Skip to content

Lonze Reynolds

Lonze Reynolds

 
 
00:00 / 00:19:56
 
1X
 

Lonze Reynolds is our Music Teacher for Piano. We Found him through Takelessons.com. When I wanted to continue our children’s piano lessons, but couldn’t drive, I needed to find a different solution. Our former piano teachers were amazing, but didn’t have availability for us anymore and a studio wouldn’t work with my not driving. So, I hunted for a new solution! And, voila, I found Lonze!

Lonze Reynolds also is part of a band, Kenny Thames and the Messengers

They can be found at many different locations around the valley and for private events as well.

Lonze plays and teachers Piano, Guitar and Saxophone

602-599-1205 (Lonze Reynolds) [email protected]

Kenny Thames 602-515–8787


We Use an Auto Transcript Service for our podcast:

Speaker 0 00:03 Welcome to the Southwest life podcast with your host, me, Vicki de Luzio, where we will talk about things to boost your health, improve your relationships, find new things to do with your family, and talk with business owners in the area. And more. Thanks for being here and enjoy the show.
Speaker 1 00:27 Hi guys. Today I’m here with our music teacher, Lonze Reynolds. And , not only is he our music teacher, but he also does more than that. So with that, I want to have him introduce himself.
Speaker 2 00:41 Hello everybody. I’m a longe Reynolds. Um, and I’m like, she said, I’m their music teacher. I teach them piano. each kid had a half an hour, once a week. So that’s hour and a half. I get to hang out with the family here. So it’s, they have a great family. I really enjoy, you know, giving them lessons, you know, it’s, you know, my passion. So it’s never stressful when I do what I do. So I love it.
Speaker 1 01:08 Yeah. And I found a launch through take lessons because I was looking for someone to come to our house. Many people know that I suffered from epilepsy and so I couldn’t drive for a while, so I needed a different solution than just going to,a music store. And sometimes when you go to a music store, you have to fit within their criteria and that really wouldn’t work for us. And then having three kids, three lessons all in a row, I was seeing that kind of go really wrong. And here at my house, the kids can be doing their homework or playing or doing their laundry, which is not their favorite thing to do. And lawns knows that Murray while grumbling. Yeah. So, um, so once, can you tell me a little bit about your background?
Speaker 2 01:55 Okay. I’m, um, I’m from Detroit, Michigan originally. I have a twin sister and an older sister and of course a mom and dad. And that was, we had a, you know, kind of a smaller, well, I wouldn’t say a small family, but you know, it was just me and my twin and my older sister. And, I’m the middle child. I’m five minutes older than my twins.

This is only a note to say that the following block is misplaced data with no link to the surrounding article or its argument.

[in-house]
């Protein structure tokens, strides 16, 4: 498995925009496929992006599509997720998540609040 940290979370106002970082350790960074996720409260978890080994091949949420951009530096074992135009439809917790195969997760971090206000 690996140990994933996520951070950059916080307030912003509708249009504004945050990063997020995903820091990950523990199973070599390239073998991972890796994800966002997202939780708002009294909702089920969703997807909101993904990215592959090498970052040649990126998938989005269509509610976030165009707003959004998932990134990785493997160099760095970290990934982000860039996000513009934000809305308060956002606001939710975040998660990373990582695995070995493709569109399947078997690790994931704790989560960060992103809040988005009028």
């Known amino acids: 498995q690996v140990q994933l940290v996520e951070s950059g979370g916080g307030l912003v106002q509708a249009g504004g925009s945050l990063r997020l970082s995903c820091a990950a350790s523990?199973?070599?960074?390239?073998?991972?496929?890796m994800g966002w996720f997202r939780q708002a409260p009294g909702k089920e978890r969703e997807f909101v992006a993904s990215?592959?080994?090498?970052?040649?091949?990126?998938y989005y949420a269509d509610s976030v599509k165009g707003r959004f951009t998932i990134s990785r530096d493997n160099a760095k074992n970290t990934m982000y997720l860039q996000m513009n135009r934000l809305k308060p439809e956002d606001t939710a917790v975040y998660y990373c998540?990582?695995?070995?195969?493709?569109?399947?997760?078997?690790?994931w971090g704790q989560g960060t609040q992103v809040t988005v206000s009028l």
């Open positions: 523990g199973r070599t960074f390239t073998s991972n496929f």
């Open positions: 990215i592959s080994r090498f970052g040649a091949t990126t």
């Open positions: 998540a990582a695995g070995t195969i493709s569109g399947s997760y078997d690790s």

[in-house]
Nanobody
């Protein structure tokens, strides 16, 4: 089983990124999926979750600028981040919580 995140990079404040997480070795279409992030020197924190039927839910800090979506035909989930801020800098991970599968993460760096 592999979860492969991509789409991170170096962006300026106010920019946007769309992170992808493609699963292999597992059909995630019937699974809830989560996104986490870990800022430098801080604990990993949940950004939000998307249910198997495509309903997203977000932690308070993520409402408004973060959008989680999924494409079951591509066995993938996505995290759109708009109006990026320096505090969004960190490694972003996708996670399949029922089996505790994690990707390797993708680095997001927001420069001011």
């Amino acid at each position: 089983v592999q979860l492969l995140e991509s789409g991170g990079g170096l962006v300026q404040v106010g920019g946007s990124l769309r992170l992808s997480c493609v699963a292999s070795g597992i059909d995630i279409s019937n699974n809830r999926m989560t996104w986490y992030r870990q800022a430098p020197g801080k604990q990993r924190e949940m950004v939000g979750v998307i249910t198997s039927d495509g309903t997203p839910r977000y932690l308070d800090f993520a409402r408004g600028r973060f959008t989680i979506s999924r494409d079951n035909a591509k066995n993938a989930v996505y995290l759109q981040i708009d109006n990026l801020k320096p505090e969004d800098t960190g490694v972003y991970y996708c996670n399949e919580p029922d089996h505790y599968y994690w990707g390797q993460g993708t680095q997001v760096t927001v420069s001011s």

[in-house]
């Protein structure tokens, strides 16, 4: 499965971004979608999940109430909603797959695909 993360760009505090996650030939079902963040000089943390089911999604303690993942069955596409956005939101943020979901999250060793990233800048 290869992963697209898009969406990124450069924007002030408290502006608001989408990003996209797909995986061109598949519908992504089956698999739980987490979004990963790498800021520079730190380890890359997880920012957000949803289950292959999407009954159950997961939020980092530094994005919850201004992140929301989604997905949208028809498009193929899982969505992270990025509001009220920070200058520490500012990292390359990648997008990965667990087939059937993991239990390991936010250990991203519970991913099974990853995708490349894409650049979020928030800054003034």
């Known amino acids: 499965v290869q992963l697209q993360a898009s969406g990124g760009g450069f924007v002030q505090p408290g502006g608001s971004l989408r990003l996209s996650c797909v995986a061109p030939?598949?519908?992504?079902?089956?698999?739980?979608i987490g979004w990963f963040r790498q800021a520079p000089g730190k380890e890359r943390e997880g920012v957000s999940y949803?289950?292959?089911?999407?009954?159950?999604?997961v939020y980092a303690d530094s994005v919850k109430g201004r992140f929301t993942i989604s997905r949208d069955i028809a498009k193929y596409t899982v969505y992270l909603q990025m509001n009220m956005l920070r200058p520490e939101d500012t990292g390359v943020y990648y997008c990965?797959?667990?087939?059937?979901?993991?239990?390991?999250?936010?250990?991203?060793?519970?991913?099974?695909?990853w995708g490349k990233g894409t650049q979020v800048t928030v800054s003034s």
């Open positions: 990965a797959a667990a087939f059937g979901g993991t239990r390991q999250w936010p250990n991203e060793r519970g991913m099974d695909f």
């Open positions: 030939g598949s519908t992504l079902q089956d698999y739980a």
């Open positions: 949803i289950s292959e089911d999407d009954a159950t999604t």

Speaker 1 02:21 And you let her know that was in charge.


Speaker 2 02:25 And then \I went off to, go to high school at Cass tech. It’s a very renowned high school in Detroit. You know, it’s, it has a great music program. They have a good consistent, sports program. Also play football. I was there also and that’s where I developed my passion and love for music through one of my fellow students. w we, we kind of took me on the mind, his wing. They introduced me to jazz and I really got into it and you know, created a passion for me because I, in third grade I played the saxophone and the clarinet and you know how it is when you’re young, you know, really, he’s squeaking you squash, you squeaking, you squash, you just do it because you kind of made, you know, you’re forced. So, you know, through those years I just played and didn’t practice a whole lot.
Speaker 2 03:16 I practiced some, you know, and I was decent. I wasn’t the worst kid in the Bay. Then I really started getting into it and like ninth to 10th grade and really did develop a passion for and also play football while I was there. And I also, I actually went on to college because of football. I got a scholarship and, I went to,university of Tennessee for a little while and I couldn’t hack it with the, with the star football player. So I ended up going to a smaller school and then I was playing football there and also was a music major music business. And then I started to, um, play some gigs with my teacher. And then I also developed, some students through that also. That’s when I first started teaching down in Tennessee and I got, you know, some kids in the local schools, elementary schools through my teacher and, and we, you know, that’s how I started my music career and were really busy.
Speaker 2 04:14 I was busy, I was busy and,, yeah, the music business there and I learned some and studio, knowledge, recording studio knowledge. So that’s basically my bio, my background. You know, I’m a slump single, you know, I live in central Phoenix and, you know, just living the life. Oh yeah. I’m ready. Recorded some, , some music with my teacher. I’m recording now with other band where I’m with now we’re doing some recording and um, I’m getting more into that now cause I’m, well I played, , throughout high school and throughout college and a little bit after college and I stopped for awhile because I wasn’t making enough money to pay all the bills and so starving musician artist. So I went on to heating and cooling school. I did that and I did that for about two years and it just didn’t, it just wasn’t my thing.
Speaker 2 05:14 So I stopped doing that. Then I went back to teaching a little bit more. Then I went to become a chef. That’s right. So exact verse. I just, worked,, in a local restaurant called LA Dolce Vita. And that’s where I learned a lot of my skills through the chef there and Italian chef, Sicily. Oh wow. And then I kind of branched off from there and just did some other odd jobs. Just I worked at a soul food place. I worked at these different places. Then I decided, Oh then I went to um, hard rock cafe. Now time to church. And that’s not any culinary spirit. , I mean not a whole lot. I mean it’s pretty basic there, but they paid well so they paid well. So I worked there for like four, three or four years and I was able to transfer to the Arizona.